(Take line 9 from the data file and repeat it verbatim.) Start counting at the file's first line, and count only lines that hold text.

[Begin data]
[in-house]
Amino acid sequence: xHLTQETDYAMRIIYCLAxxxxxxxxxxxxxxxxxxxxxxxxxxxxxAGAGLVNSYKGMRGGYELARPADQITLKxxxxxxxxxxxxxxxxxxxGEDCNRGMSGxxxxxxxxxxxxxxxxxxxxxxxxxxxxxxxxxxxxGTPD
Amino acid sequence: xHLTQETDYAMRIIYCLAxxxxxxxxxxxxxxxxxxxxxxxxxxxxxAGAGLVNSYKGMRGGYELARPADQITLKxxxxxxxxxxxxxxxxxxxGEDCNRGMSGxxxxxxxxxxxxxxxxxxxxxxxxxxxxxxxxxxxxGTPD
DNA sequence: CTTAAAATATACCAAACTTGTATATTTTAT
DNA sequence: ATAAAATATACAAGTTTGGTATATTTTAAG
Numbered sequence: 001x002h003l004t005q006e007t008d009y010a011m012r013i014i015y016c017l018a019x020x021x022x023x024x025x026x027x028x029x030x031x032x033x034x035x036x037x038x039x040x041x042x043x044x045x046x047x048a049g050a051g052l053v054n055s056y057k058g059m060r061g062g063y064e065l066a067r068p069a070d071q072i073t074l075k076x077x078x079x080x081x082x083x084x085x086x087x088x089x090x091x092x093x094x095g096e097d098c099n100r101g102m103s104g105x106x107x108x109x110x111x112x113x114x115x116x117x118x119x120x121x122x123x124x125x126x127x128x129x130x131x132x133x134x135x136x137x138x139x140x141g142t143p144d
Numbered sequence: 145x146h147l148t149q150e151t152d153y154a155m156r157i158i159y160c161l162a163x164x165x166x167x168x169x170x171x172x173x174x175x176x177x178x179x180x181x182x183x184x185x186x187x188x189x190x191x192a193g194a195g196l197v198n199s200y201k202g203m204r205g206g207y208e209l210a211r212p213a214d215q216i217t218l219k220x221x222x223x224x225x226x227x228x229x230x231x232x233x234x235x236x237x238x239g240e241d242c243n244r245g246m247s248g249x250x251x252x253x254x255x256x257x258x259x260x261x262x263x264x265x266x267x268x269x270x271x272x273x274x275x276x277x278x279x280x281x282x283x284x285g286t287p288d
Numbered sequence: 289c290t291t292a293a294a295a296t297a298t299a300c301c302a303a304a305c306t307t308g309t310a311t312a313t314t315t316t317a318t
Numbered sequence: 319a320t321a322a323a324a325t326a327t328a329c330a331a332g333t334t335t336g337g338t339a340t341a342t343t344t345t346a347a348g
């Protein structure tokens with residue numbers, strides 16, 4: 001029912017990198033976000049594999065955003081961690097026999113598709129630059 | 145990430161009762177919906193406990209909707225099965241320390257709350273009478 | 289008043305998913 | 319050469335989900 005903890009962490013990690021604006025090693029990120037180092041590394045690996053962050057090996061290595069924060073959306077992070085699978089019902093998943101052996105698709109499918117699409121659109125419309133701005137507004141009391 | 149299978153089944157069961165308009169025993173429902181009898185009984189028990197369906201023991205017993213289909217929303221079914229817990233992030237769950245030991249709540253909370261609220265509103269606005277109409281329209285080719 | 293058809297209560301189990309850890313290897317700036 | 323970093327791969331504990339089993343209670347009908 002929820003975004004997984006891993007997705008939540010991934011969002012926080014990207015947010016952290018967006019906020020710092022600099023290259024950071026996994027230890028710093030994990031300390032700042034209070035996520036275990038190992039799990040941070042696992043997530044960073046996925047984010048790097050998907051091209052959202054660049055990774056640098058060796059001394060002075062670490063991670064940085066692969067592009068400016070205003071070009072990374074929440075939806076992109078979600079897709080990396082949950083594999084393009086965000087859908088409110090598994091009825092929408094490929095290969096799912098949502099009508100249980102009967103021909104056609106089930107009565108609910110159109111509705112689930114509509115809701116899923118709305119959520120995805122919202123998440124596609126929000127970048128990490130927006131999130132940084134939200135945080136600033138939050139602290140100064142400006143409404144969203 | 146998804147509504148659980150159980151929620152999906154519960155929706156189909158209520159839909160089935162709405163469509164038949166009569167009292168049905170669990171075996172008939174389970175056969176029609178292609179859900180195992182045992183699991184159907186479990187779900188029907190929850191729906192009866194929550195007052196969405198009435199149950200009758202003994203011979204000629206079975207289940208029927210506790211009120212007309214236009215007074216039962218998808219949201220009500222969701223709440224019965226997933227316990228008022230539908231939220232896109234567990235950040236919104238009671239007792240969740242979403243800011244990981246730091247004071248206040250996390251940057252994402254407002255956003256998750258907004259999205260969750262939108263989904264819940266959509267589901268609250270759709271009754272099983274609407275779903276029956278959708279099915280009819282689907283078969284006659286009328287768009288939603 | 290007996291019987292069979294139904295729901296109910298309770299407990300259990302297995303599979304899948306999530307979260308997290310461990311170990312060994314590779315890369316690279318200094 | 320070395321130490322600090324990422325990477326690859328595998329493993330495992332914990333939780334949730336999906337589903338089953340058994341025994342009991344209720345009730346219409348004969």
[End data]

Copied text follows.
Numbered sequence: 319a320t321a322a323a324a325t326a327t328a329c330a331a332g333t334t335t336g337g338t339a340t341a342t343t344t345t346a347a348g